Harriet Fraser



It takes two years off their life,
if they have lambs when they’re shearlings,
if they’re going to live on the fells.


Not much of the thin wintery daylight filters through the half-open door, and the straw on the floor lends a glow to the place. The barn is chilly and has the aroma of sheep: grass, mud, lanolin. There are twenty, huddled in the corner, shuffling. Some bleat. Some grind their teeth. They are all shearlings (one-year old, having had one shear) and twinters (sheep that have seen two winters): not yet old enough to be put to a tup.

Anthony sits with his back against the wall and his legs astride a straw bale. Andrew, who has been helping Anthony on the farm for nineteen years now, ties a twinters’ legs together and heaves it up and onto the bale. The sheep’s tail is towards Anthony’s belly, its body is between his legs and its head lolls at the other end of the bale. A woolly weight of forty to fifty kilos with its tied legs pointing uselessly upwards.

A very small number of farmers in Cumbria and the Scottish borders clout their sheep, and Anthony is one of them. Typically, fell-going ewes are kept away from tups until their third year, when they will be strong enough to breed well. Not all farmers have sufficient land to keep the ewes and tups separate, something that is even harder when flocks from several farms share the same expanse of common land. In effect, a clout is a cloth chastity belt. It’s a management tool that works well and helps to keep the flock hardy, with strong bloodlines.

They’d be able to rear a lamb ok but if they’re going to go on the fell it’d stunt their growth. You can winter them and have them really fit in the spring, but when you turn them up onto the fell next summer, by the autumn they can be quite lean. The lambs’ve sorta drawn them in, taken their body strength. You’d be able to tell them every year after that.

Anthony lifts a clout from the pile by his side, which I have arranged in order: it is the word ‘stitched’. When the clout is secure, he ties the wool in a tight knot and cuts it with an old pair of hand shears. He gently releases the sheep to the floor, and then works with the next one. I open the barn door and watch as ‘stitched’ trots away. Next comes ‘in the’. When three twinters are clouted, the poem begins to take a new shape in the misty air of the yard. ‘barn’s stitched’ and ‘in the half light’ come together.

Hilary joins us and it seems to be the perfect opportunity for the poem to find another expression. She steps outside, reading to the open air. Her reading is the first and last time the poem is spoken before it becomes dispersed.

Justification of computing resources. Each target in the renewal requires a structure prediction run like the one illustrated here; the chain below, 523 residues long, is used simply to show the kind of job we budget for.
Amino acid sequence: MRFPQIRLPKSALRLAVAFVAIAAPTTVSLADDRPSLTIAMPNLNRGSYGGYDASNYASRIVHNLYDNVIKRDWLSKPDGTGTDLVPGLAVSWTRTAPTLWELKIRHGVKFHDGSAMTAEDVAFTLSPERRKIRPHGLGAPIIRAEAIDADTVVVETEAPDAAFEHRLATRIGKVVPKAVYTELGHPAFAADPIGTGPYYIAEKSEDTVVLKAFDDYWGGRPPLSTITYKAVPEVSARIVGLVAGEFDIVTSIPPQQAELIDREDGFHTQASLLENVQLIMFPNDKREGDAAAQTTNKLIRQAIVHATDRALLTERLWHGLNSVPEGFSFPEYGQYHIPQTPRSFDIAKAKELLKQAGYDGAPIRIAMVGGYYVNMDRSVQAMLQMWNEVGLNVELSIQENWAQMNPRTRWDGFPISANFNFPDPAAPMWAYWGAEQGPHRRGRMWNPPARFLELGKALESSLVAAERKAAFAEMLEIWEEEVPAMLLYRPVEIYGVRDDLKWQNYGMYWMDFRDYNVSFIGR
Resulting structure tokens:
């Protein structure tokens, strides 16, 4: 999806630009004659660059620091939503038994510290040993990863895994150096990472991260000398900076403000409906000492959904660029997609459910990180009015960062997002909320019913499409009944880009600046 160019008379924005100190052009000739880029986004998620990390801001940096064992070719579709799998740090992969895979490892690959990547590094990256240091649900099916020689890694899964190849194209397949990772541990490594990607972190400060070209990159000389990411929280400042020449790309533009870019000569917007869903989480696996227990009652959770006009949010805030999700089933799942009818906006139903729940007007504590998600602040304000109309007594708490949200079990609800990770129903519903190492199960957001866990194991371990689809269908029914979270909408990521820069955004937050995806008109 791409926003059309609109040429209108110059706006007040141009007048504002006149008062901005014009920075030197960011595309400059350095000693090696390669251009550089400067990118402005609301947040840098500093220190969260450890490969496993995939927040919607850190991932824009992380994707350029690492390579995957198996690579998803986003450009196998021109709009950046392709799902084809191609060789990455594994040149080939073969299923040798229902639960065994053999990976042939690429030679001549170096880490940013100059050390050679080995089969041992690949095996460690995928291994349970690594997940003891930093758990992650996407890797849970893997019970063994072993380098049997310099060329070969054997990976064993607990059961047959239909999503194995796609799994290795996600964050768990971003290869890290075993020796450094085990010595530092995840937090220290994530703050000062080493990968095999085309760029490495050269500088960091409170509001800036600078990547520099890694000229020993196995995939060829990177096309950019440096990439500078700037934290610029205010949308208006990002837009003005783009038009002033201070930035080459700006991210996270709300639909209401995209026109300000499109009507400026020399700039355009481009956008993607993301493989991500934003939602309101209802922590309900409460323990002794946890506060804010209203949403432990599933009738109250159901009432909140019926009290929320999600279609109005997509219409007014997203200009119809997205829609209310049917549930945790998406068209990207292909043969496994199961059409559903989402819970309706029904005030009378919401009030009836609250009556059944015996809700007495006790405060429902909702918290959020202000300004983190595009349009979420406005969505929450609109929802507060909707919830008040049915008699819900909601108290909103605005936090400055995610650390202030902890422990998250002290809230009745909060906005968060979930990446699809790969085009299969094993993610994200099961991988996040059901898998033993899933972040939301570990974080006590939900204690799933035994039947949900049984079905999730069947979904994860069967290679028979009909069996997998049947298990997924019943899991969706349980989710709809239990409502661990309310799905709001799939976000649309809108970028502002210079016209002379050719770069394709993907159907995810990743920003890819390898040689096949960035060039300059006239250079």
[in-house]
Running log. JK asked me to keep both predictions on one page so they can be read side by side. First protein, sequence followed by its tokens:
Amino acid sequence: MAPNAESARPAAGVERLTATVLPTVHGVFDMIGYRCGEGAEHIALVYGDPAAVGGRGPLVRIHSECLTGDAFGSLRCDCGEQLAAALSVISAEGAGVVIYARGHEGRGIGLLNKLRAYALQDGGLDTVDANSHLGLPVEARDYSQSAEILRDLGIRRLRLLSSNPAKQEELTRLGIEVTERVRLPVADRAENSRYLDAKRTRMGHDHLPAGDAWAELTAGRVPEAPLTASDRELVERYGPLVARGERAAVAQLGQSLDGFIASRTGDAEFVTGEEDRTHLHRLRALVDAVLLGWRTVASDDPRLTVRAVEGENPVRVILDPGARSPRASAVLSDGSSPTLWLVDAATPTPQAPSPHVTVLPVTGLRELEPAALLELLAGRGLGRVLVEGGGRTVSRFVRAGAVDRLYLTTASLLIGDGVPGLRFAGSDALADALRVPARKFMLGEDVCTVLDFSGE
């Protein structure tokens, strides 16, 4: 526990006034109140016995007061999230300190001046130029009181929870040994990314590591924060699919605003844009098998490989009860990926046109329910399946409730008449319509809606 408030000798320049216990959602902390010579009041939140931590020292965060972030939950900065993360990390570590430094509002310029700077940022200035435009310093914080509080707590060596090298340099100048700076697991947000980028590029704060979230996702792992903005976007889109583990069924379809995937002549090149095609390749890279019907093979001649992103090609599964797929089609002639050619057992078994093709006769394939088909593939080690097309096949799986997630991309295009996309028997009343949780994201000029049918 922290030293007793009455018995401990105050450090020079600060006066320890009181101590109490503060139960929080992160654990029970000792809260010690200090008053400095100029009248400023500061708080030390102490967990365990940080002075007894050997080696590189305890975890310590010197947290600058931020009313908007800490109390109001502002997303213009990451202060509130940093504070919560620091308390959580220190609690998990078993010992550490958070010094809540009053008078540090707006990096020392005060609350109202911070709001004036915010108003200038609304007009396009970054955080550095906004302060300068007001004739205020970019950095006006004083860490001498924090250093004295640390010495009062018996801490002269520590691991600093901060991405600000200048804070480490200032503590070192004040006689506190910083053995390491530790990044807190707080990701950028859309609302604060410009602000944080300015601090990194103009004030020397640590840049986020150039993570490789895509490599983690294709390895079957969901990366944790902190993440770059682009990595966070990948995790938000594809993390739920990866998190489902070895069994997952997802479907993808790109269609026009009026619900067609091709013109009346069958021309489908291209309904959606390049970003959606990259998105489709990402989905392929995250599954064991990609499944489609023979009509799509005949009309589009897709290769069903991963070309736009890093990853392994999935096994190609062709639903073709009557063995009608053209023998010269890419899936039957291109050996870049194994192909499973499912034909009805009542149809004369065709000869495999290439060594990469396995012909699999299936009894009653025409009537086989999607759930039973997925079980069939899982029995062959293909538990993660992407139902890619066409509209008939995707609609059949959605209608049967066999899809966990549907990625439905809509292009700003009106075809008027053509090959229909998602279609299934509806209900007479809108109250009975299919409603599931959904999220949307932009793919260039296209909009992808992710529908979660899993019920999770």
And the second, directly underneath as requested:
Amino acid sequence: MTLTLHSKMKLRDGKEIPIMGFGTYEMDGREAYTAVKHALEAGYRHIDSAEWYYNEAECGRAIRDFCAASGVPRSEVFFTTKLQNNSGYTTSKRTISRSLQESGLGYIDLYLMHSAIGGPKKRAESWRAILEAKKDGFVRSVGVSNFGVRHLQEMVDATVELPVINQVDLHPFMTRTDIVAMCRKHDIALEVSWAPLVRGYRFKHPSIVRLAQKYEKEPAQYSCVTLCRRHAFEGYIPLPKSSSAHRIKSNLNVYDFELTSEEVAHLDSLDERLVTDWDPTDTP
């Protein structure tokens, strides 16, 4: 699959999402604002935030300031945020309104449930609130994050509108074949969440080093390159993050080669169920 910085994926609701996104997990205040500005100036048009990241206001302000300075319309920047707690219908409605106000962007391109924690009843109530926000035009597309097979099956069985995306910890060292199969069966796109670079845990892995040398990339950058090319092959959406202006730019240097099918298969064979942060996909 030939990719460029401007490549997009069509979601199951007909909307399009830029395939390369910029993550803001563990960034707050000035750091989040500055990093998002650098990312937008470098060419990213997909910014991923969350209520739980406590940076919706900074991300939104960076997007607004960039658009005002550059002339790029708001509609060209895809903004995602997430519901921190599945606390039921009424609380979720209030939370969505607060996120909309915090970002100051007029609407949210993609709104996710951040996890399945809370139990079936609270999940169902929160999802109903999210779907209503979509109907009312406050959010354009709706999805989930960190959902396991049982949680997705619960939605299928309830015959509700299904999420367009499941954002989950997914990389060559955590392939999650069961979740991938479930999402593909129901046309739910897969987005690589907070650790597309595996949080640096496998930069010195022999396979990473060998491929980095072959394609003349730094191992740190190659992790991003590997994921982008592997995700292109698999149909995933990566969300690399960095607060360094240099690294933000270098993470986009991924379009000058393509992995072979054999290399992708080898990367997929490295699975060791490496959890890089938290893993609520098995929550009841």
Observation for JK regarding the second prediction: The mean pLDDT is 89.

stitched in the barn’s half light

Anthony lets his needle rest. We listen.

turned out to the fell

The poem drifts into the barn from the yard.

bloodlines flow in hands, stock, dogs

Hilary’s voice comes to us punctuated with a twinter’s bleat. Something settles in the atmosphere of the barn that feels new, gentle.

past, present, future folded into land

Anthony and Andrew have stopped moving. I find myself in a still-life image: men, sheep, barn, strip-light, wool, needle, boots, soft smiles. Even the parcel of sheep at the back of the barn has quietened. The words enter the barn into a scene that has been repeated over decades, and the pause in the flow of activity reminds me of those times on a gather when a farmer stands still on an outcrop to scan the land, an interlude between the action of running and shouting.

skyline caught in a twinter’s eye

Herdwicks are drawn to higher land and these will not take long to walk themselves up to the exposed tops, each heading to its own favoured patch. They know their heaf (also known as a heft). A heaf is the extent of a flock’s grazing area, with unmarked boundaries where one flock buffers up against another, often on the ridge of a fell, or along a watercourse. More than this, a heaf includes a knowledge of the best spots for shelter and food on a certain area of the fell. Lambs learn their heaf from their mothers, and have been doing this on most commons for many generations. If a new flock is introduced, it is the gentle and determined effort of a farmer, walking the flock up and back repeatedly, that helps in the establishment of the heaf.

In Cumbria, which has the largest single area of upland common in Europe with swathes of shared grazing land free from walls and fences, the cooperative nature of farming depends on a balance of heafs. There are fewer commons with sheep on over winter than there used to be, as agri-environment schemes introduced since the 1990s have encouraged off-wintering to reduce grazing pressure. Anthony and his neighbours are among a small number of commoners who still have a significant number of sheep grazing on the open fell all year round.